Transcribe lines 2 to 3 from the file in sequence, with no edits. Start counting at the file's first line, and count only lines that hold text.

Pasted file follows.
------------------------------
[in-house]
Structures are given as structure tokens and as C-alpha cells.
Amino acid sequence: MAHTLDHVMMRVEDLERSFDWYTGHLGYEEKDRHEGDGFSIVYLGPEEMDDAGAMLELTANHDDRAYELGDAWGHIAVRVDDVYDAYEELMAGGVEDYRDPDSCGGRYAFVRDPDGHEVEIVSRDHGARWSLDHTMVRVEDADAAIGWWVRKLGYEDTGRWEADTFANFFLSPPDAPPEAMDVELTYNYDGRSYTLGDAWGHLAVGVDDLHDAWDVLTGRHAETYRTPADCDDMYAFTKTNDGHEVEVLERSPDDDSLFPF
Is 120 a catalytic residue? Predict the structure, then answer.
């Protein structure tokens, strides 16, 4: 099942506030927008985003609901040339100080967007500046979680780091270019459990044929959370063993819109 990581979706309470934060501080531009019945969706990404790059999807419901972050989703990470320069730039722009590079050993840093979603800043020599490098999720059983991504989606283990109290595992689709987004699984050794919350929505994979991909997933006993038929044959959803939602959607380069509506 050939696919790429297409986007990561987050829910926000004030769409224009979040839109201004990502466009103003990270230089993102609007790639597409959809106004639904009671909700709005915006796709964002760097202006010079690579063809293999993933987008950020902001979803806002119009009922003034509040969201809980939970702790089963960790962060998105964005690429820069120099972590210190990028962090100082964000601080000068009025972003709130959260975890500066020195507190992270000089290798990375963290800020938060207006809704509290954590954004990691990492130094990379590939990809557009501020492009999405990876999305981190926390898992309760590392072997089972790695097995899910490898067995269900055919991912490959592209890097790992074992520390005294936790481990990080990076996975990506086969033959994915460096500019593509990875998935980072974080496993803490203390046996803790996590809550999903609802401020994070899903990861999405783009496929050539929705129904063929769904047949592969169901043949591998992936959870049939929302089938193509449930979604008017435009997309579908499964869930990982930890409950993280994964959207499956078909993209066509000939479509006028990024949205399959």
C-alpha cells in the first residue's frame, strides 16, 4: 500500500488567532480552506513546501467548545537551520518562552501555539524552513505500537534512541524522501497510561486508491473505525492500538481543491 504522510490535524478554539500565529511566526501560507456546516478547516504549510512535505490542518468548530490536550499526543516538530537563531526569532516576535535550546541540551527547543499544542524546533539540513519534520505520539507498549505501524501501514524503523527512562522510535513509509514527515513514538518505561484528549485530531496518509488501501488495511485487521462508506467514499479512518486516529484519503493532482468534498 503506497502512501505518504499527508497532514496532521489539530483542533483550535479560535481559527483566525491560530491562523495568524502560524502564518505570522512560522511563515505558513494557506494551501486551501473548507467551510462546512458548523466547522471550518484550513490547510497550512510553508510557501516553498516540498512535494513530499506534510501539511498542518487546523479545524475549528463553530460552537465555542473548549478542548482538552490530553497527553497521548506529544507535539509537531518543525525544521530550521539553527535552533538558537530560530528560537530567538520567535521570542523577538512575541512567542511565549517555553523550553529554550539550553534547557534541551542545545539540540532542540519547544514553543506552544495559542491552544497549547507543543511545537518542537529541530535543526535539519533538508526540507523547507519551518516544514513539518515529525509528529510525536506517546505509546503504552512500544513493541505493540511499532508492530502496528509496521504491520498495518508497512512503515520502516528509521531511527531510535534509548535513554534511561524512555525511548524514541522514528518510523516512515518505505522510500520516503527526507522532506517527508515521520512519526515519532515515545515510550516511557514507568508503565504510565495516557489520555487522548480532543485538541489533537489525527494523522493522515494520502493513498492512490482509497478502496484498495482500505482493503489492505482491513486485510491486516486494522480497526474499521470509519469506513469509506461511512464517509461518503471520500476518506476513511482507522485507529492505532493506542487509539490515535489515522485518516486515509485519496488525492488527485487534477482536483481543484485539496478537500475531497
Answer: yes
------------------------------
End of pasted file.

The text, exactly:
Structures are given as structure tokens and as C-alpha cells.
Amino acid sequence: MAHTLDHVMMRVEDLERSFDWYTGHLGYEEKDRHEGDGFSIVYLGPEEMDDAGAMLELTANHDDRAYELGDAWGHIAVRVDDVYDAYEELMAGGVEDYRDPDSCGGRYAFVRDPDGHEVEIVSRDHGARWSLDHTMVRVEDADAAIGWWVRKLGYEDTGRWEADTFANFFLSPPDAPPEAMDVELTYNYDGRSYTLGDAWGHLAVGVDDLHDAWDVLTGRHAETYRTPADCDDMYAFTKTNDGHEVEVLERSPDDDSLFPF